I think a lot of success we’re seeing in self-publishing right now has more to do with lucky timing than anything else. I’m curious to see where it is in four years.

   In my real life I’m self employed. I’ve been on commission for 20 years.  And I’m used to coordinating lots of people and making sure they are doing their jobs.  So I didn’t see what the big deal was.
Find an editor, Find a cover artist, find a formatter.  Upload book.
I had a lot of marketing ideas that I’ve backed off from because the one thing I learned at RWA this year is the best thing you can do to sell your book, is write the next one.  It’s all about having a backlist.  So that’s what I’m focusing on right now.  After I get book 3 out there, I’ll start spending some money on marketing the books. 

12. Regarding books: What is your favorite book? What book should every writer own? What book should every self-published writer own? And, what book have you read the most number of times?

    It’s not one book.  The Kate Daniels series is my favorite book all of them.  Not just one of them.  That series is layers and layers of awesome.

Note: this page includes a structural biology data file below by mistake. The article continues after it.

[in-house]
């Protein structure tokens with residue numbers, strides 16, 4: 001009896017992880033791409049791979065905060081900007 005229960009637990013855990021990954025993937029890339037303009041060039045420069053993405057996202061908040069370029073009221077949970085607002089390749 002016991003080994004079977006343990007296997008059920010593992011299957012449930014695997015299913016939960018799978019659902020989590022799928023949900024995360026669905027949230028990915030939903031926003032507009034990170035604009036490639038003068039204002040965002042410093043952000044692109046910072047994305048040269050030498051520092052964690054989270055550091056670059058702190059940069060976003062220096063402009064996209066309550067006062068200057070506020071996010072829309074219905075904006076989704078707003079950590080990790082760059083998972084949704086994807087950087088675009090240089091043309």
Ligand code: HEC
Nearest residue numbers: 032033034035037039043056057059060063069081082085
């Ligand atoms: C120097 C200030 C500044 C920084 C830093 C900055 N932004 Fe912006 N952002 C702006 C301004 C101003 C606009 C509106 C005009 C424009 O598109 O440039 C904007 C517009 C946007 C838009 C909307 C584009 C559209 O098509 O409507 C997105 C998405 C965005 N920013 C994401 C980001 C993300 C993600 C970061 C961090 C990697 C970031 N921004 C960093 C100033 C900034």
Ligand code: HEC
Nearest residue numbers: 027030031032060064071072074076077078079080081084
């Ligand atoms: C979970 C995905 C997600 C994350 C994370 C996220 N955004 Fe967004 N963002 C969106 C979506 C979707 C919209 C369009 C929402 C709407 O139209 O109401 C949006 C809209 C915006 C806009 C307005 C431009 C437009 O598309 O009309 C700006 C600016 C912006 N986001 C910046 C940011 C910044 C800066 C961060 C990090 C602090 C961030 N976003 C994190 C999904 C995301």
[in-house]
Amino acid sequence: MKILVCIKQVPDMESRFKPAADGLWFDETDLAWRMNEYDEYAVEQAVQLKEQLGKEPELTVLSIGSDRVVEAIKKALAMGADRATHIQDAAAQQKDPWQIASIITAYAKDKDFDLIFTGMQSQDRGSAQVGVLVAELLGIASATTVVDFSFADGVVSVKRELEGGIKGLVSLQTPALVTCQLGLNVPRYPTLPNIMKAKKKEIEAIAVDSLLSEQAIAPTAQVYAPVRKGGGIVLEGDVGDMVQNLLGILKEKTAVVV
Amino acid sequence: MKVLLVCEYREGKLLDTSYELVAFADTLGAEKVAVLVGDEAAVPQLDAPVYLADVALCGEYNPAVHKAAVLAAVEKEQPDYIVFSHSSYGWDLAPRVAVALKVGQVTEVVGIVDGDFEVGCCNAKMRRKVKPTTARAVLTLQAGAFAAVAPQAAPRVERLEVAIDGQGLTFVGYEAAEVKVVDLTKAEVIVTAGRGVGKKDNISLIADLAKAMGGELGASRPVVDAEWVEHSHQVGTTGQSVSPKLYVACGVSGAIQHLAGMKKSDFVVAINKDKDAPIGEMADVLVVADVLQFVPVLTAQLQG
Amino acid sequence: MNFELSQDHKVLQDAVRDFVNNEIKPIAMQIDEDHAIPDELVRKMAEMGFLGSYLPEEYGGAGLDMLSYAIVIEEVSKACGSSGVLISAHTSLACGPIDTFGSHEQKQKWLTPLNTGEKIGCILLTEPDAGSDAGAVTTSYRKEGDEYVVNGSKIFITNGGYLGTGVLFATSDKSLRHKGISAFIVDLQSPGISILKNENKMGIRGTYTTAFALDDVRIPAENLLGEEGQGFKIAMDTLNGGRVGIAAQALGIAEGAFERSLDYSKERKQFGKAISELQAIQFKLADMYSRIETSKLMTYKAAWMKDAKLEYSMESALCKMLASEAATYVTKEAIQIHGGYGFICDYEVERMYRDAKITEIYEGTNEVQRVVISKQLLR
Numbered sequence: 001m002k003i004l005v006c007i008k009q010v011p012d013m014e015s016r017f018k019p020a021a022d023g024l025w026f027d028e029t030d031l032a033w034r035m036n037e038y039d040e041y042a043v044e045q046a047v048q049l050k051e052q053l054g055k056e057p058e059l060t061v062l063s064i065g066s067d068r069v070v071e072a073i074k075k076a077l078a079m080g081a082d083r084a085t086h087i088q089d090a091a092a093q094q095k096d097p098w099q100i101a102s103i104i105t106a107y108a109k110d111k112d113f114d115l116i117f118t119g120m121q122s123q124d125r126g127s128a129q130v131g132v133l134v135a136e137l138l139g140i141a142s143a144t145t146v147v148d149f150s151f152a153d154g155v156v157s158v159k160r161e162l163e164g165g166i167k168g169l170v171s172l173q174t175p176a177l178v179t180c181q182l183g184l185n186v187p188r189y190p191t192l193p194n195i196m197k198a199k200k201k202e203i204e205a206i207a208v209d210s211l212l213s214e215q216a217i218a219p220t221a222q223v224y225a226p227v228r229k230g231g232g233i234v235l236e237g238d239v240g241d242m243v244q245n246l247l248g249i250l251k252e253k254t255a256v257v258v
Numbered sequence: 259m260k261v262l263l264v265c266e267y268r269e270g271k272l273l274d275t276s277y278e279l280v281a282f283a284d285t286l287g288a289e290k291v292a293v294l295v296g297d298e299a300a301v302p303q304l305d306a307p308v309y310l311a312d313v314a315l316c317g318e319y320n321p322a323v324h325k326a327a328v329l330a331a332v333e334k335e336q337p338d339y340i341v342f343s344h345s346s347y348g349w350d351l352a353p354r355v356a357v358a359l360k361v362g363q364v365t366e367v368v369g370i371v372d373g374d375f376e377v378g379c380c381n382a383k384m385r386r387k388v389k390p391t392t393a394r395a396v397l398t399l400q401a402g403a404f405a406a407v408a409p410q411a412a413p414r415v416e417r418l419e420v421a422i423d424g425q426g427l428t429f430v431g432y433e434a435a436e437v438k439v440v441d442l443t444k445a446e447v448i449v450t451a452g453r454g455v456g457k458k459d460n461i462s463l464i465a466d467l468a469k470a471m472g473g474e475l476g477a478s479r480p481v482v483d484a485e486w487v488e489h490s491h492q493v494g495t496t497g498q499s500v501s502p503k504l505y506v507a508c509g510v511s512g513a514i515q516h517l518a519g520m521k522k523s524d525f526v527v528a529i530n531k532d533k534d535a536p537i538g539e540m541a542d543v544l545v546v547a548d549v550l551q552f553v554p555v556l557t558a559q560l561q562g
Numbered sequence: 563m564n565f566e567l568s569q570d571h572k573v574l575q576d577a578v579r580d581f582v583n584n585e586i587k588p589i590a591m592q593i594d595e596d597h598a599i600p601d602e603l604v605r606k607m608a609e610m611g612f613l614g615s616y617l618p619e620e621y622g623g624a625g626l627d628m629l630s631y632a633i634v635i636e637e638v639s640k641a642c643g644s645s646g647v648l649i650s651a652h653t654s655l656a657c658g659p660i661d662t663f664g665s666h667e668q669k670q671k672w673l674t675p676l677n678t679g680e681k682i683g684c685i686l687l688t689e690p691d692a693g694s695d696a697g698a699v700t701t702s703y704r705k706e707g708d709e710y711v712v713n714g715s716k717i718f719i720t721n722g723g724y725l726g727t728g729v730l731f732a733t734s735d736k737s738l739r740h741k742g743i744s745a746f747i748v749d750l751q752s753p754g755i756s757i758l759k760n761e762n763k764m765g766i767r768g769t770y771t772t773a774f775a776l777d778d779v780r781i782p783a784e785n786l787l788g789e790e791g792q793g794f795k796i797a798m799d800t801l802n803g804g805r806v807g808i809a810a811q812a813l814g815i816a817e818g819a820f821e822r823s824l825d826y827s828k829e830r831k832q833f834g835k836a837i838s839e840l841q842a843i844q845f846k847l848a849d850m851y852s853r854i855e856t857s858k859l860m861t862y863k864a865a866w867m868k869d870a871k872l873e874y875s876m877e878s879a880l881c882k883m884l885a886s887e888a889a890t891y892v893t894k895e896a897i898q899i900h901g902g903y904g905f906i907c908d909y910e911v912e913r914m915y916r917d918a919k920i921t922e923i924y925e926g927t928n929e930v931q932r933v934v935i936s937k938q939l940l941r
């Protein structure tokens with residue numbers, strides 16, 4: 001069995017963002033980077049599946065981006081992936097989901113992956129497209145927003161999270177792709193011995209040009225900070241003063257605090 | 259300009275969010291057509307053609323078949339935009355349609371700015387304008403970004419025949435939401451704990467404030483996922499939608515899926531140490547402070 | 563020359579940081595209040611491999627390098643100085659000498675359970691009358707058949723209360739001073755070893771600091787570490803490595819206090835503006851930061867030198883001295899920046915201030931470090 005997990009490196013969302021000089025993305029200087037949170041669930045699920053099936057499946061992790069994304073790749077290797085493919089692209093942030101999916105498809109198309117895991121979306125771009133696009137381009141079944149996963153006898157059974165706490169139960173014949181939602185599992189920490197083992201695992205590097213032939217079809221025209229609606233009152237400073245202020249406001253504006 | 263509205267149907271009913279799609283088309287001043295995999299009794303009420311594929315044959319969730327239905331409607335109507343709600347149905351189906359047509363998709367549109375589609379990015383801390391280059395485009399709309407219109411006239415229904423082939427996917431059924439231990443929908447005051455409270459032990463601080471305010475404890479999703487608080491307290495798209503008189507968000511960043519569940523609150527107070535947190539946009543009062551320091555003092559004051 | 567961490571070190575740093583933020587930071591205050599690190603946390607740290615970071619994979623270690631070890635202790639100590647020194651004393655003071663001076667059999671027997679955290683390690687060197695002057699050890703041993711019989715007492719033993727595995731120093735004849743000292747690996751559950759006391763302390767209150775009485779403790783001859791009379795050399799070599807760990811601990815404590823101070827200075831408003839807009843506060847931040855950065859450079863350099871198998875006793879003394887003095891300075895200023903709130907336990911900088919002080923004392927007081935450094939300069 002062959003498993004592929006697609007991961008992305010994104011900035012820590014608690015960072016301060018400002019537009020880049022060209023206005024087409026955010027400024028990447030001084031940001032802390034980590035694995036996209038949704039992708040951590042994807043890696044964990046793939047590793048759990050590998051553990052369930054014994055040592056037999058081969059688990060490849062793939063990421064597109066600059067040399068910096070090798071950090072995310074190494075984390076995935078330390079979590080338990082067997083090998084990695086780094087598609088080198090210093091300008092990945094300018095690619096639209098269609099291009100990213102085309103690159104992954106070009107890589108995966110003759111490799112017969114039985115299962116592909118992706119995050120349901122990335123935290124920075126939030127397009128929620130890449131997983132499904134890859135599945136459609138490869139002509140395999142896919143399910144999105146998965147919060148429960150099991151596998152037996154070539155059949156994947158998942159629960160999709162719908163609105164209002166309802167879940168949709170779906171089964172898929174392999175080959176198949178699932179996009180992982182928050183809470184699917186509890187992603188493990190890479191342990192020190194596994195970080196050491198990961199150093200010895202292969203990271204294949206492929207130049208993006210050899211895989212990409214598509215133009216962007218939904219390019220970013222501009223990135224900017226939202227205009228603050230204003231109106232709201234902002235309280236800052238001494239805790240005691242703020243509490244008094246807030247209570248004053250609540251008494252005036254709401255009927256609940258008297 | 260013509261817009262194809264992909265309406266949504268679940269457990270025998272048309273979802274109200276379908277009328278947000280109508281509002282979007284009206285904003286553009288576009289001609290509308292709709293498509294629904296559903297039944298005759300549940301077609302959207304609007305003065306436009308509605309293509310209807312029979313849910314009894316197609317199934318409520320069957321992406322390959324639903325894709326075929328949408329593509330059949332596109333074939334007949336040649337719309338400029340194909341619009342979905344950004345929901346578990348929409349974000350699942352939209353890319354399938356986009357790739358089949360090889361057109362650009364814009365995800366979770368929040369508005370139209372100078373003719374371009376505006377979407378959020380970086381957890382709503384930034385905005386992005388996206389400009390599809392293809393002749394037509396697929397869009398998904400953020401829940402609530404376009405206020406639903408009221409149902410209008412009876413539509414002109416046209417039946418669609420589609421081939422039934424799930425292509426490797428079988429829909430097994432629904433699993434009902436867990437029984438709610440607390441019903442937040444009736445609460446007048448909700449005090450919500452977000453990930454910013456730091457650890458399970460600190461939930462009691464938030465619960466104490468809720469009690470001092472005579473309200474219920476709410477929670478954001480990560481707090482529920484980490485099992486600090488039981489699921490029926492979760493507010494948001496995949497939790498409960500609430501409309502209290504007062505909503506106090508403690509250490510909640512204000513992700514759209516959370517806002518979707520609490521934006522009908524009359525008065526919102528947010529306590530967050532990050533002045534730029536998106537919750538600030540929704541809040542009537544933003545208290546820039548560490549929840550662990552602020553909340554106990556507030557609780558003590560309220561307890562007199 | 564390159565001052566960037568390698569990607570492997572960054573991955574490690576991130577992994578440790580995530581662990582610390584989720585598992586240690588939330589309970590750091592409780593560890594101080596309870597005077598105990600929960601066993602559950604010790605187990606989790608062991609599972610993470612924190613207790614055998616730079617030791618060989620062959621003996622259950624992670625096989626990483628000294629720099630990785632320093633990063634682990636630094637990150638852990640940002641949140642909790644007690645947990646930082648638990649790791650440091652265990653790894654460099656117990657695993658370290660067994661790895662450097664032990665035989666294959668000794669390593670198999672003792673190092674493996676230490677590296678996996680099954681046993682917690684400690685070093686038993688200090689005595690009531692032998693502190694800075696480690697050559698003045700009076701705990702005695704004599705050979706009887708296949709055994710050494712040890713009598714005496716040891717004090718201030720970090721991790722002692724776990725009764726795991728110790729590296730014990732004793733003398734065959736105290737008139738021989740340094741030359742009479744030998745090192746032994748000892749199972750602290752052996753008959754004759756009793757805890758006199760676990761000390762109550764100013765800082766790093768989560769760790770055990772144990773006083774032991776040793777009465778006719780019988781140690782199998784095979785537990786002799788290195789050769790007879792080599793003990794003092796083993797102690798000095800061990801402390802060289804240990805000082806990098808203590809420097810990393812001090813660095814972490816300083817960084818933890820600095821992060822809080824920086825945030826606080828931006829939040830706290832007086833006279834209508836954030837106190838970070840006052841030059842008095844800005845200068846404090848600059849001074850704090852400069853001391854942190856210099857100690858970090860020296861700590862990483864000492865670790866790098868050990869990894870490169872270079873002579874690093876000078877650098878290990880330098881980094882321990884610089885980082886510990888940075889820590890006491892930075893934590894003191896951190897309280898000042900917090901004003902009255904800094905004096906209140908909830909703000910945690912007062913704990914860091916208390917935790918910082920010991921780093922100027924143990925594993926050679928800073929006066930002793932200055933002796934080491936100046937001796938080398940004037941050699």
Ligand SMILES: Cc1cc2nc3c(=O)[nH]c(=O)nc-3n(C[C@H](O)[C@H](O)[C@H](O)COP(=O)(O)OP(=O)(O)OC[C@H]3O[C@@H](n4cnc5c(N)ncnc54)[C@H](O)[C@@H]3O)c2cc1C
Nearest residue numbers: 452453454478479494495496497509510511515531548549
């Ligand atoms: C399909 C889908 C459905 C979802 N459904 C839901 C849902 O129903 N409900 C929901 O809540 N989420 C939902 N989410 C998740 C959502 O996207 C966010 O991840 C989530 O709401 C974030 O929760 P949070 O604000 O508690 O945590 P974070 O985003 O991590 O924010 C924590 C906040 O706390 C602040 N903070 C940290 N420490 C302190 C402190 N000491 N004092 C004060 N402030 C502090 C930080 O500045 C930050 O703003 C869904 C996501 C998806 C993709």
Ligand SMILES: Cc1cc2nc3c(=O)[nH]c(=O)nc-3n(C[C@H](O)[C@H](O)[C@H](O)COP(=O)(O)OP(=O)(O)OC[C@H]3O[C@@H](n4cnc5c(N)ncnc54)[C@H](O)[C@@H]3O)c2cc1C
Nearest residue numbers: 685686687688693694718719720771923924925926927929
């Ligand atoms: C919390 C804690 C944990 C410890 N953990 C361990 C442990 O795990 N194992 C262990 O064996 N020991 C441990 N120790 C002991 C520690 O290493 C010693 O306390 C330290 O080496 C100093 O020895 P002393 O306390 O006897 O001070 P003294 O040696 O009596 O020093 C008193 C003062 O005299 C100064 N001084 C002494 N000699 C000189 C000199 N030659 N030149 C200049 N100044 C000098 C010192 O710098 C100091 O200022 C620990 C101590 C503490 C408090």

I think anyone that self publishes romance should read Kristen Ashley.  I started SWAK and book 2 before I read her.  But reading her made me get serious about my writing.  She’s a fantastic story teller and she loves her characters.  She loves writing.  You can feel that in all of her books. Lady Luck, Wild Man and At Peace are my comfort reads. I think At Peace is probably my favorite.      I also love the Black Dagger Brotherhood series by JR Ward. I can’t wait for Wrath’s new book.  
13. What are you working on right now??? (And can you give us a sneak peek?)

Solving for Nic is book two in my Southern Style series.  It’s Lizzie’s book and if it doesn’t kill me it should be out by the end of the year.  Then I’m finishing Jared’s book.  Hope to have it out in the Spring.

Lexxi Callahan is the author of Sweetened With a Kiss 

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Twitter: @callahanlexxie